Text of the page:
v. trans·posed, trans·pos·ing, trans·pos·es
1. To reverse or transfer the order or place of; interchange. See Synonyms at reverse.
2. Mathematics To move (a term) from one side of an algebraic equation to the other side, reversing its sign to maintain equality.
3. Music To write or perform (a composition) in a key other than the original or given key.
4. To render into another language.
5. To alter in form or nature; transform: a diary that was transposed into a novel.
1. Music To write or perform music in a different key.
2. To admit of being transposed.
A matrix formed by interchanging the rows and columns of a given matrix.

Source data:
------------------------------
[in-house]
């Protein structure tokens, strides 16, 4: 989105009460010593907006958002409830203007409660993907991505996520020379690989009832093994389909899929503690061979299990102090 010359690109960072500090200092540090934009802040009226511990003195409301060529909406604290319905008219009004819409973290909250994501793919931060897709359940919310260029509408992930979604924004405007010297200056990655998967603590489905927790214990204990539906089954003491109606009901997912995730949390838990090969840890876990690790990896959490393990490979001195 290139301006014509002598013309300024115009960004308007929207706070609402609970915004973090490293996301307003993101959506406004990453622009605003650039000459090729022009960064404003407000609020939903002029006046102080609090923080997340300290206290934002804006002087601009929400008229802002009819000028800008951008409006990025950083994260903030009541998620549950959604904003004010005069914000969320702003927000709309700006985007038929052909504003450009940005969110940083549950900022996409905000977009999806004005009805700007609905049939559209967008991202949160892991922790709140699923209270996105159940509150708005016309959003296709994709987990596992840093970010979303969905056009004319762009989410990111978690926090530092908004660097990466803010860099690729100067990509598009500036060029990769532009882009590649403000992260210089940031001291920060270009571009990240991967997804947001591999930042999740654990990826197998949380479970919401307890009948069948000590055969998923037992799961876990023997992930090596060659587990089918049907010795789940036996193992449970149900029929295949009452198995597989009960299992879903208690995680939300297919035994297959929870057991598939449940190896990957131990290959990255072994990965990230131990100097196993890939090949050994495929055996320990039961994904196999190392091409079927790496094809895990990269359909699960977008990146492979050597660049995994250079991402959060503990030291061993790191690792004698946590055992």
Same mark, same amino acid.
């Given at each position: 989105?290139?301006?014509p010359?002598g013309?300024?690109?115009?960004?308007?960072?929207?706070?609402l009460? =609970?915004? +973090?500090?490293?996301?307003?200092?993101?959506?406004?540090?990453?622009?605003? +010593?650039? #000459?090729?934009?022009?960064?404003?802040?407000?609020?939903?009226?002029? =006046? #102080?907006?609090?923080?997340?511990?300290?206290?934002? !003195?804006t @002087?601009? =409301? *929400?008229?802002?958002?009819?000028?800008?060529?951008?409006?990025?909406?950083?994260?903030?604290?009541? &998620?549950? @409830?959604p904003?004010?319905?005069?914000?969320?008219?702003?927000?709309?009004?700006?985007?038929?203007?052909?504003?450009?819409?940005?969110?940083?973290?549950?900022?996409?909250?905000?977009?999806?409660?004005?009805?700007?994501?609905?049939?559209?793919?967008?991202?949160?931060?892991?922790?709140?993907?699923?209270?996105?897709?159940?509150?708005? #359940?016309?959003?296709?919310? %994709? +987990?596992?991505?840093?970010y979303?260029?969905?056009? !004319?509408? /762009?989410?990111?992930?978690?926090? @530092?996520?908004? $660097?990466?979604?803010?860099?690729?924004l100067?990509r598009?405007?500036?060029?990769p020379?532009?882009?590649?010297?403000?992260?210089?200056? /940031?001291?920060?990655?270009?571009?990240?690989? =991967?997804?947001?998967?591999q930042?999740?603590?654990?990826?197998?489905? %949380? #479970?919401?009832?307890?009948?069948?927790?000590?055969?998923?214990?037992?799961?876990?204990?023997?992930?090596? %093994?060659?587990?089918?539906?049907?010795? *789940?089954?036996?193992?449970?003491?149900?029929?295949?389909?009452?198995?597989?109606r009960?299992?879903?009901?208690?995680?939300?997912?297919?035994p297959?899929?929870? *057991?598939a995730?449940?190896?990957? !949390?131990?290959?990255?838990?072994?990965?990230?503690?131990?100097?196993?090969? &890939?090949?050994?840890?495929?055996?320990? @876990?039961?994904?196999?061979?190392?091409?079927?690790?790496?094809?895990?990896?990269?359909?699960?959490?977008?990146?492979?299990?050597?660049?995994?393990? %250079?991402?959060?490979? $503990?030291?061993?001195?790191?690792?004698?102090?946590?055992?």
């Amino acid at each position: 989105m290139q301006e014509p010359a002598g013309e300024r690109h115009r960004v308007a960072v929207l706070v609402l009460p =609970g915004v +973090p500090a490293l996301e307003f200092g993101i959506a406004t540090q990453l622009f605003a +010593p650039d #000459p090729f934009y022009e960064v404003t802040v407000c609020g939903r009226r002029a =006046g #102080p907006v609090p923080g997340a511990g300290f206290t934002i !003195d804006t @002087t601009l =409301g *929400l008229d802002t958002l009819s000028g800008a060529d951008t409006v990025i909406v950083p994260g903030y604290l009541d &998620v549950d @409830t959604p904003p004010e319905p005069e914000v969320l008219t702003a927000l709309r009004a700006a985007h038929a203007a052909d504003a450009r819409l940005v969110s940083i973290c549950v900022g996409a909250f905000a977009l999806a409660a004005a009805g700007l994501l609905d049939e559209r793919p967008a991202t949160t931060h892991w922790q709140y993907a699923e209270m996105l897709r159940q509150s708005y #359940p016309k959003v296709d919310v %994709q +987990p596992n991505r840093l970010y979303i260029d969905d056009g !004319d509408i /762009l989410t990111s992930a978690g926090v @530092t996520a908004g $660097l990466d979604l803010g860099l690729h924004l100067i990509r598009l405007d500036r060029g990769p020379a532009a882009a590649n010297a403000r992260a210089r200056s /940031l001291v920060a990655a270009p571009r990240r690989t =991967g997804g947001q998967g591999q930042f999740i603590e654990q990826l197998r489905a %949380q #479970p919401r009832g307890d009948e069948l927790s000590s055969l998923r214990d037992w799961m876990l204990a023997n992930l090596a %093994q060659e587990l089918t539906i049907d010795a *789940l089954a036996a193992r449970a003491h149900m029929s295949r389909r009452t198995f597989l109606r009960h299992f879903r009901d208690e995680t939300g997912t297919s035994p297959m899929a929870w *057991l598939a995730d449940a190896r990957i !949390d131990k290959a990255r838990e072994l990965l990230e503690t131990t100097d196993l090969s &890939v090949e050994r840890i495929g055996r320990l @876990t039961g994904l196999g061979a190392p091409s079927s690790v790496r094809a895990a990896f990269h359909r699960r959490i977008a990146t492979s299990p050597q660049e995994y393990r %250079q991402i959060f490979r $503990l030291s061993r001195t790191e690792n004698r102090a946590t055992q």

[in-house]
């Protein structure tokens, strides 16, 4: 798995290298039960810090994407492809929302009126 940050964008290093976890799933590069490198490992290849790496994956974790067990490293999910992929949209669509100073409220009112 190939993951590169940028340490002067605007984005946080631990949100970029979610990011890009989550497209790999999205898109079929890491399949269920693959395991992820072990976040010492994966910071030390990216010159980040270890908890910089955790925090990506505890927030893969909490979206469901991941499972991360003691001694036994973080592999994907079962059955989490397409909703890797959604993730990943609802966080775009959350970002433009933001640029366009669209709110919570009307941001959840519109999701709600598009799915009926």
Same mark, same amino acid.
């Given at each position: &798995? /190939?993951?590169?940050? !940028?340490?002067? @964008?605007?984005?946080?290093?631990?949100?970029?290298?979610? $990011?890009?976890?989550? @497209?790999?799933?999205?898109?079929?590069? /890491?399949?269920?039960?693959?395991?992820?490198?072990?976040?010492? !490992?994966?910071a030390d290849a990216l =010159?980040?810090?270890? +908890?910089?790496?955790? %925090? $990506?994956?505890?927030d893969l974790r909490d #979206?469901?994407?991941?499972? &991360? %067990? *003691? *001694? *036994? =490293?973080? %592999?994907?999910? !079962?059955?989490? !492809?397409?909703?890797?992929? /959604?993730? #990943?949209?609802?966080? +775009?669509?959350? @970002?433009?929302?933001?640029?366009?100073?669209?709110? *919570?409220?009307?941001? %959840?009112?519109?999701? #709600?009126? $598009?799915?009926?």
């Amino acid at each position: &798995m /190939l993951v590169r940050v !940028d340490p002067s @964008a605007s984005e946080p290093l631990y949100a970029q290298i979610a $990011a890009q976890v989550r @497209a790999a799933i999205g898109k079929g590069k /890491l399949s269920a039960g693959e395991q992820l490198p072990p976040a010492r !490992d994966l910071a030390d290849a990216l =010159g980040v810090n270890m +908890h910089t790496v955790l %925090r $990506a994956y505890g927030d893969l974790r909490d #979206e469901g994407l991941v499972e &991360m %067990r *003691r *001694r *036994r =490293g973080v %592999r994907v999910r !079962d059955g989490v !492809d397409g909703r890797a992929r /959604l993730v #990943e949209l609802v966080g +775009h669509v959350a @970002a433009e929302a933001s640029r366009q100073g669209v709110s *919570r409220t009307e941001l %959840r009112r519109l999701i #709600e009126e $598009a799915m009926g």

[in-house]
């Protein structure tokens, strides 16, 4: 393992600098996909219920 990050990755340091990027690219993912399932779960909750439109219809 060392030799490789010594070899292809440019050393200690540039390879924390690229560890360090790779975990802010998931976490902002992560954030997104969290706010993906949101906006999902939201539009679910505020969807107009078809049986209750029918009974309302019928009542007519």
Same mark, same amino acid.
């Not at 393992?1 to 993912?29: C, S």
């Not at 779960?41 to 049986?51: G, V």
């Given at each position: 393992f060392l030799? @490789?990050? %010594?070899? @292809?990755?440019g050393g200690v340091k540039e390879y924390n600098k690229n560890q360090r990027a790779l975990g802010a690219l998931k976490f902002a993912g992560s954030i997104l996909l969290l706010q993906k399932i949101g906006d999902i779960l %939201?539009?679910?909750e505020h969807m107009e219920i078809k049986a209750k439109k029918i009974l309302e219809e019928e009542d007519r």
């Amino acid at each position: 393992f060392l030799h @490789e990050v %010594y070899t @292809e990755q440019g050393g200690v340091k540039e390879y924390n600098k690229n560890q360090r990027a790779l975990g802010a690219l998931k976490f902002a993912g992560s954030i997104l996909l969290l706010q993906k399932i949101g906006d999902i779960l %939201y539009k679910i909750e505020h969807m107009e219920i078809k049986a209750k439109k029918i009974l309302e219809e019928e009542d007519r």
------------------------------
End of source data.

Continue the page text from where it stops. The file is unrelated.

[Middle English transposen, to transform, from Old French transposer, alteration (influenced by poser, to put, place) of Latin trānspōnere, to transfer : trāns-, trans- + pōnere, to place; see apo- in the Appendix of Indo-European roots.]
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Indo-European & Semitic Roots Appendices
Thousands of entries in the dictionary include etymologies that trace their origins back to reconstructed proto-languages. You can obtain more information about these forms in our online appendices:
The Indo-European appendix covers nearly half of the Indo-European roots that have left their mark on English words. A more complete treatment of Indo-European roots and the English words derived from them is available in our Dictionary of Indo-European Roots.